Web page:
Aug 10, 2009
Today, Congressman Patrick McHenry, Ranking Member on the Census Oversight Subcommittee sent a letter to the U.S. Census Bureau concerning its partnership with ACORN.
While the Bureau has reported to Congress that ACORN is not recruiting census workers, internal documents contradict this claim.
Assuming the Bureau can reconcile these contradictions and verify that ACORN has been instructed not to recruit census workers, Congressman McHenry asked, “If ACORN has been singled out in such a manner because of its long criminal history, it begs the question, why are they a national partner in the first place? If they cannot be trusted to recruit enumerators, it would seem to me that ACORN should be disqualified as a partner altogether.”
Dr. Robert M. Groves
U.S. Census Bureau
4600 Silver Hill Road
Suitland, MD 20746
Dear Dr. Groves:
On July 10, 2009, Acting Director Thomas Mesenbourg wrote a letter to Congress clarifying the partnership role of the political advocacy group ACORN, Association of Community Organizations for Reform Now. Mr. Mesenbourg stated definitively that ACORN “will not be involved in recruiting or hiring census employees. However, new information has come to my attention that requires further clarification from the Bureau.
Documents from the Bureau obtained by Judicial Watch contradict Mr. Mesenbourg’s letter to Congress. One such document details the organization’s partnership responsibilities, including “Identify job candidates and/or distribute and display recruiting materials.” Bearing his signature from February 12, 2009, this form indicates that Mr. Mesenbourg approved ACORN’s role as a recruiter of census enumerators.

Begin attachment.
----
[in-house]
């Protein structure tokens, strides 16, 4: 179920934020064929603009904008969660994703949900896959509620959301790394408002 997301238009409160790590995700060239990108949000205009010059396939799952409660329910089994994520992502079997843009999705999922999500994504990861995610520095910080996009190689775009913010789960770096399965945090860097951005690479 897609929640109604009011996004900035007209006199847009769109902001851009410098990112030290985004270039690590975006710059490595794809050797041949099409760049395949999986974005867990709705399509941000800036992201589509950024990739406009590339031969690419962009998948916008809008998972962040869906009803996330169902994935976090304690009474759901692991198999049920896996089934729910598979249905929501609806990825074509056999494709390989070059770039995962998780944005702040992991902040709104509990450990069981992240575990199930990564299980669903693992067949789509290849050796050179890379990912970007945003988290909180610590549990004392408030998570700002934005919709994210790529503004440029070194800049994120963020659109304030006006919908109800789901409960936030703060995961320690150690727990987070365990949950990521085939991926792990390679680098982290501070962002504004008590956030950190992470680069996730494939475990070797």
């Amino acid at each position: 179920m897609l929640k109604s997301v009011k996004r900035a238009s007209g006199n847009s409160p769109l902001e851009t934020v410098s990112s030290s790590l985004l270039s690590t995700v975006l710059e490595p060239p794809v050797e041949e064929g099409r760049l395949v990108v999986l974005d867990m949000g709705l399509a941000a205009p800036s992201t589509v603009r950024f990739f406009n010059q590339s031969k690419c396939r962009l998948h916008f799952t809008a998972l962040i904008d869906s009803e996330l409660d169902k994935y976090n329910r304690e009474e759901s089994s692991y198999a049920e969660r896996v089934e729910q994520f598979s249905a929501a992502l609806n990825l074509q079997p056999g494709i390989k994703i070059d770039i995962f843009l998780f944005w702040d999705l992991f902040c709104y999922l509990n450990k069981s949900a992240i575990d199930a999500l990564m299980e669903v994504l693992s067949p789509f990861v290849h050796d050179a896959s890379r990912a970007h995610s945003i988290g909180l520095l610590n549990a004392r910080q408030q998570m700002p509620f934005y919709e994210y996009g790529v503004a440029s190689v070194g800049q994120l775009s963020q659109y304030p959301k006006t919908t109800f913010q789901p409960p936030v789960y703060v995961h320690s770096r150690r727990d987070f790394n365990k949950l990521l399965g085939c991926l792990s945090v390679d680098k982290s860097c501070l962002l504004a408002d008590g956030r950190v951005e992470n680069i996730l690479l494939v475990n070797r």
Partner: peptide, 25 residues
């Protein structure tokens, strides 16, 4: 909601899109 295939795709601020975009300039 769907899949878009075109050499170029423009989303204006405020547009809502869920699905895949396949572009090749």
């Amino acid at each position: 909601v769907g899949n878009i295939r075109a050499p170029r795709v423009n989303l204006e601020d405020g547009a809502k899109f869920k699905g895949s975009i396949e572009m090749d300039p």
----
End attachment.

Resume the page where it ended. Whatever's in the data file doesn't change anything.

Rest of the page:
Furthermore, promotional materials for the national partnership program indicate very clearly that partners will play a role in recruiting enumerators.
A) How do you reconcile this evidence with Mr. Mesenbourg’s letter to Congress?
B) If ACORN has been instructed specifically not to recruit enumerators, please provide
the dated correspondence between the Bureau and ACORN that verifies this.
C) Additionally, please provide a list of other national partners that have been instructed
not to recruit enumerators.
D) If ACORN has been singled out in such a manner because of its long criminal history,
it begs the question, why are they a national partner in the first place? If they cannot
be trusted to recruit enumerators, it would seem to me that ACORN should be
disqualified as a partner altogether.
In a document provided to Congress, the Bureau states that partnering organizations would be disqualified if they “could distract from the Census Bureau’s mission. An internal document from the Bureau states that groups will be disqualified if they “might make people fearful of participating in the Census.
E) How does the criminal background of ACORN reflect positively on the Census
F) As a criminal enterprise, how could ACORN in no way distract from the Bureau's
Please submit written responses to the questions above to the Subcommittee on Information Policy, Census, and National Archives by August 24, 2009. Should you have any questions or need any additional information, please contact Alexis Rudakewych at (202) 225-2576.
Patrick T. McHenry
Subcommittee on Information Policy,
Census, and National Archives
 See Bureau letter to Mr. McHenry (July 20, 2009)
 See Bureau partnership form (February 12, 2009)
 See Bureau Form D-3207, Become a 2010 Census Partner, (April 2008)
 See 2010 Census Partnership Program, Partner Selection Process and Guidelines, page 2
 See Email, Barbara A. Harris, (March 17, 2009)